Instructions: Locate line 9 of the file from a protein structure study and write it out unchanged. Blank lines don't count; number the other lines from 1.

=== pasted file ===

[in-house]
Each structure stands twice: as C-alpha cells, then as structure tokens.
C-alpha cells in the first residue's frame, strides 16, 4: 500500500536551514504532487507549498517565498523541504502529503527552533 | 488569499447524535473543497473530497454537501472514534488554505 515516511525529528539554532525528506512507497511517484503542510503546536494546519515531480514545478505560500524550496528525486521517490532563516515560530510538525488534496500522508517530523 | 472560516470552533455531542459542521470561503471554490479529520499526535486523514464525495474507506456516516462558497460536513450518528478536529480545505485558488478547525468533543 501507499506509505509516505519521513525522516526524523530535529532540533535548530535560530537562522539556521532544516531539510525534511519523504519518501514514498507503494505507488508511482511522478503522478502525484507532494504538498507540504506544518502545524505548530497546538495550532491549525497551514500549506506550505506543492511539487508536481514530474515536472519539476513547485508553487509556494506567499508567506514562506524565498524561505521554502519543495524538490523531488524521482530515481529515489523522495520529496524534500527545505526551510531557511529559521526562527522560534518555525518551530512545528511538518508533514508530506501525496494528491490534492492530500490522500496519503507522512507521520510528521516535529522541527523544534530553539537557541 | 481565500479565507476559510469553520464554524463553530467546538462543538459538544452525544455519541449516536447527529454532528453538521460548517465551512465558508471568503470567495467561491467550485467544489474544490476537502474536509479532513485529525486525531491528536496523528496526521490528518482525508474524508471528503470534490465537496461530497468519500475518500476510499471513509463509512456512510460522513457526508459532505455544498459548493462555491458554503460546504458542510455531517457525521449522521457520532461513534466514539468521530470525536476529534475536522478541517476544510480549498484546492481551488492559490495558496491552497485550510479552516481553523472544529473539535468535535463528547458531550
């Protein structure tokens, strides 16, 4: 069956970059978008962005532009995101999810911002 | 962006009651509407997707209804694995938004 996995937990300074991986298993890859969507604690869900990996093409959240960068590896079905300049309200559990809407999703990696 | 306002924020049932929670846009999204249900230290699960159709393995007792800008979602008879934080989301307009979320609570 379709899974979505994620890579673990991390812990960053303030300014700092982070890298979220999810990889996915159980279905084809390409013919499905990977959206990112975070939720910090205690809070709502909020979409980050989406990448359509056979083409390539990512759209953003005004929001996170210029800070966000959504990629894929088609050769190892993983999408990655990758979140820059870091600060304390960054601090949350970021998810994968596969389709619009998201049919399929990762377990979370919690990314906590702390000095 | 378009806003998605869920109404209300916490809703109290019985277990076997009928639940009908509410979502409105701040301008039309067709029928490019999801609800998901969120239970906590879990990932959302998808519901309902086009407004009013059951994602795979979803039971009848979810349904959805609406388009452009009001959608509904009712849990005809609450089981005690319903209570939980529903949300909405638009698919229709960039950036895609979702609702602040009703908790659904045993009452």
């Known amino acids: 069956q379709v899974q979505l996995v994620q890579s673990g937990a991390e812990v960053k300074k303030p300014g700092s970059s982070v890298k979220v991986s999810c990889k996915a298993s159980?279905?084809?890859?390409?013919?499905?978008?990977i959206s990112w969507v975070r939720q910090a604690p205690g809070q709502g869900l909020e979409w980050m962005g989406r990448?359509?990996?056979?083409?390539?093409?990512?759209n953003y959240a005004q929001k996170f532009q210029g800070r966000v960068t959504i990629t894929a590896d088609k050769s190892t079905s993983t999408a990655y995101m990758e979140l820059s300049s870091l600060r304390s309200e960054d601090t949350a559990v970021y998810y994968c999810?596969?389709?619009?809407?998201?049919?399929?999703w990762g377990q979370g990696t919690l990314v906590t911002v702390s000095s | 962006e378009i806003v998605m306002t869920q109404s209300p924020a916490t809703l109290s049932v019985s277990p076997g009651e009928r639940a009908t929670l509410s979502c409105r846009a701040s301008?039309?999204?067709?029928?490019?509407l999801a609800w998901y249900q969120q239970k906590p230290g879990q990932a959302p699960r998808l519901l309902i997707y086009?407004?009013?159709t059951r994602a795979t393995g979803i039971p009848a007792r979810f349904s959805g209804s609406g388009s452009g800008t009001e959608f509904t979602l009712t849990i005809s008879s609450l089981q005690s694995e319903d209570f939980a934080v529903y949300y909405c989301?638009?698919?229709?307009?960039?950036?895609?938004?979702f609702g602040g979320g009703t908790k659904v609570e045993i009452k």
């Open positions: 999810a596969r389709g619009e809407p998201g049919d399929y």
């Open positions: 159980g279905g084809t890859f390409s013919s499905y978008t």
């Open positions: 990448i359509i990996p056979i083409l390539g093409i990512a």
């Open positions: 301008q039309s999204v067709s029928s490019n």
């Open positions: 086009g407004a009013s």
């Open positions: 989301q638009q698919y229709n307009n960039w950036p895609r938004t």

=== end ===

């Open positions: 301008q039309s999204v067709s029928s490019n």